Effects of long-acting injectable antipsychotics versus oral antipsychotics on autonomic nervous system activity in schizophrenic patients
Received 14 May 2018
Accepted for publication 6 July 2018
Published 17 September 2018 Volume 2018:14 Pages 2361—2366
Checked for plagiarism Yes
Review by Single anonymous peer review
Peer reviewer comments 2
Editor who approved publication: Dr Taro Kishi
Akira Suda,1 Saki Hattori,1 Ikuko Kishida,1,2 Masatoshi Miyauchi,1 Yohko Shiraishi,1 Mami Fujibayashi,3 Natsuki Tsujita,4 Chie Ishii,2 Norio Ishii,2 Toshio Moritani,5 Yoshio Hirayasu1,6
1Department of Psychiatry, Yokohama City University School of Medicine, Yokohama, 2Department of Psychiatry, Fujisawa Hospital, Kanagawa, 3Division of Physical and Health Education, Setsunan University, Osaka, 4Graduate School of Human and Environmental Studies, Kyoto University, 5Department of Health and Sports Sociology, Faculty of General Education, Kyoto Sangyo University, Kyoto, 6Department of Psychiatry, Hirayasu Hospital, Okinawa, Japan
Objective: Long-acting injections (LAIs) of antipsychotics show distinct pharmacokinetic profiles from oral antipsychotics (OAPs). Although there may be differences in adverse event frequency, any differences in their effects on autonomic nervous system (ANS) remain unclear.
Patients and methods: In total, 270 schizophrenic patients were recruited in this study: 241 received OAPs (risperidone, olanzapine, quetiapine, or aripiprazole) and 29 received LAIs (risperidone LAI, aripiprazole LAI, or paliperidone palmitate) as monotherapy. Heart rate variability was measured as an index of ANS activity, and the low-frequency (0.03–0.15 Hz) component, high-frequency (0.15–0.40 Hz) component, and total power (0.03–0.40 Hz) were calculated. Components were compared between the groups using t-tests.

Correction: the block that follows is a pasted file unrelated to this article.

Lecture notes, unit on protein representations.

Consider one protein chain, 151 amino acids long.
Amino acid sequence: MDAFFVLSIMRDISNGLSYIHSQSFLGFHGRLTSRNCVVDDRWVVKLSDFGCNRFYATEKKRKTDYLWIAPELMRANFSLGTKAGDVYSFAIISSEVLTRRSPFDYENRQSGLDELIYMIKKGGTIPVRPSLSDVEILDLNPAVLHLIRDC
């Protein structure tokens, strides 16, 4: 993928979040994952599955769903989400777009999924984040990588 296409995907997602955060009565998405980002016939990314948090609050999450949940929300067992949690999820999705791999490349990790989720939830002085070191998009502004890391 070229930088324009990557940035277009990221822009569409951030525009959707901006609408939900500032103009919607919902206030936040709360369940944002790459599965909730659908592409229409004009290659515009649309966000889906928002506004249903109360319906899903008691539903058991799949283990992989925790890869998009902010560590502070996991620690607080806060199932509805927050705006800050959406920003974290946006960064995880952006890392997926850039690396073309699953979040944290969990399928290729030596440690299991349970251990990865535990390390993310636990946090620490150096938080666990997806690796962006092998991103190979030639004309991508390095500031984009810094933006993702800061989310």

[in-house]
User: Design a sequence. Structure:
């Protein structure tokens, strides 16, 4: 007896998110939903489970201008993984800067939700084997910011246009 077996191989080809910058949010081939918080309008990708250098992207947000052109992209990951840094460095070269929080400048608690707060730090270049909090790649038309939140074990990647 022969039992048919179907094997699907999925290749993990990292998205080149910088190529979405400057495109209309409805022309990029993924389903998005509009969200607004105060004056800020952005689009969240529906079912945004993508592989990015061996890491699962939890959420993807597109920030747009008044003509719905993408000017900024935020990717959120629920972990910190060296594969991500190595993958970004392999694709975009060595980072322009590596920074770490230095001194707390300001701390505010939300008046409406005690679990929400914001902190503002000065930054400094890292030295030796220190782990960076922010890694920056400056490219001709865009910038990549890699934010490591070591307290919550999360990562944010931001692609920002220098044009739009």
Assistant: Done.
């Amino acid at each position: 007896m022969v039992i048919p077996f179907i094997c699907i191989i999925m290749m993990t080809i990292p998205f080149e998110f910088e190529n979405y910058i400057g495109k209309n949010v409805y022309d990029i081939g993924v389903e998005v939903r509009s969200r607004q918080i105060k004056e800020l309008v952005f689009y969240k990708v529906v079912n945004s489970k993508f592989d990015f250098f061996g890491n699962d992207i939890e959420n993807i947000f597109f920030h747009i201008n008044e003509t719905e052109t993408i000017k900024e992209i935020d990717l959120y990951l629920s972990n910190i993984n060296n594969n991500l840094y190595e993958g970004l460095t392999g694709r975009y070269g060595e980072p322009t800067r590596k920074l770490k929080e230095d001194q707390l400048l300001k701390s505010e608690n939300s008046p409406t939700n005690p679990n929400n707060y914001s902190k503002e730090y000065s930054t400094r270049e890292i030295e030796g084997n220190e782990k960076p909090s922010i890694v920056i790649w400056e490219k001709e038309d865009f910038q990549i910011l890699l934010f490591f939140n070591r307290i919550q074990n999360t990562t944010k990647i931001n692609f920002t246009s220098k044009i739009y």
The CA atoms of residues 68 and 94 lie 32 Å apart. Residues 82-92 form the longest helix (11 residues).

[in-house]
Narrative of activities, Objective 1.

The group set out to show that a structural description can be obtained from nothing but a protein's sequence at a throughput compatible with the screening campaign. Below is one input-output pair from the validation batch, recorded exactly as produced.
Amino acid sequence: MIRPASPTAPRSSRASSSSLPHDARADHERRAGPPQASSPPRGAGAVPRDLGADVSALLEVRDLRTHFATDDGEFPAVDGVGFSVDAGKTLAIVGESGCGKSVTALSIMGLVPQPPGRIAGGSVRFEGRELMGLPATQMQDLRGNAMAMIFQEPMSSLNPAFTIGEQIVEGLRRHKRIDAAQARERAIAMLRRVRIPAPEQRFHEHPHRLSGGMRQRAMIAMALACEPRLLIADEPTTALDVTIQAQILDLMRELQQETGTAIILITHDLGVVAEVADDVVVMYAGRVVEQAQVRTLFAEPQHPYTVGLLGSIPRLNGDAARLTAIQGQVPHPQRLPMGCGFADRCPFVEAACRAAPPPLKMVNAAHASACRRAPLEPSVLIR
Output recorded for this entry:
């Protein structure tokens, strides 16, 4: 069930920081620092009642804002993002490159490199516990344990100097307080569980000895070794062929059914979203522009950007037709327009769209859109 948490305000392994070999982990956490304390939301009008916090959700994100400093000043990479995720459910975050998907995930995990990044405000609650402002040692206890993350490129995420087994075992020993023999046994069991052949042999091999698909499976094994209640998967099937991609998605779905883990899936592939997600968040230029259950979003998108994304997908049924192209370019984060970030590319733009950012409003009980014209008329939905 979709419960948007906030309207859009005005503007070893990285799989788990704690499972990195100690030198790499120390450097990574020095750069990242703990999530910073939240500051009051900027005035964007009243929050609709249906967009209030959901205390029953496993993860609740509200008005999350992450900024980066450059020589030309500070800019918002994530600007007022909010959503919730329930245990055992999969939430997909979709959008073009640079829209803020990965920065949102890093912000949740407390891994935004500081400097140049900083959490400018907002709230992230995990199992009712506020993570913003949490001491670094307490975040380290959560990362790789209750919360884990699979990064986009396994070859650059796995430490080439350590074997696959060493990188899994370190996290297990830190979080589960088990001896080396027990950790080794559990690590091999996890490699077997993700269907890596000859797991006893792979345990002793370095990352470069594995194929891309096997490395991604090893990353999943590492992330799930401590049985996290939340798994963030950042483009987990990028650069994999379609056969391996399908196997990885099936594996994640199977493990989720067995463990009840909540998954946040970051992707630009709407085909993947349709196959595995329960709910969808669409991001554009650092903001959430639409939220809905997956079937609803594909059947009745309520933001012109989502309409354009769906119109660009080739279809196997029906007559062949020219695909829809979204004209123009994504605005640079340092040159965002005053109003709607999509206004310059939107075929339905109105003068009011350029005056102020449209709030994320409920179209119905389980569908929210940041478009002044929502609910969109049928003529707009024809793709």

Results: A significant difference was detected in the low-frequency component between the OAP and LAI groups (P=0.046). No significant difference was found in total power or the high-frequency component between the two groups.
Conclusion: Compared with OAPs, LAIs have fewer adverse effects on ANS activity, particularly the low-frequency component, as determined using a spectral analysis of heart rate variability.
Keywords: long-acting injectable antipsychotics, autonomic nervous system, heart rate variability, adverse effect
This work is published and licensed by Dove Medical Press Limited. The full terms of this license are available at https://www.dovepress.com/terms.php and incorporate the Creative Commons Attribution - Non Commercial (unported, v3.0) License. By accessing the work you hereby accept the Terms. Non-commercial uses of the work are permitted without any further permission from Dove Medical Press Limited, provided the work is properly attributed. For permission for commercial use of this work, please see paragraphs 4.2 and 5 of our Terms.Download Article [PDF] View Full Text [HTML][Machine readable]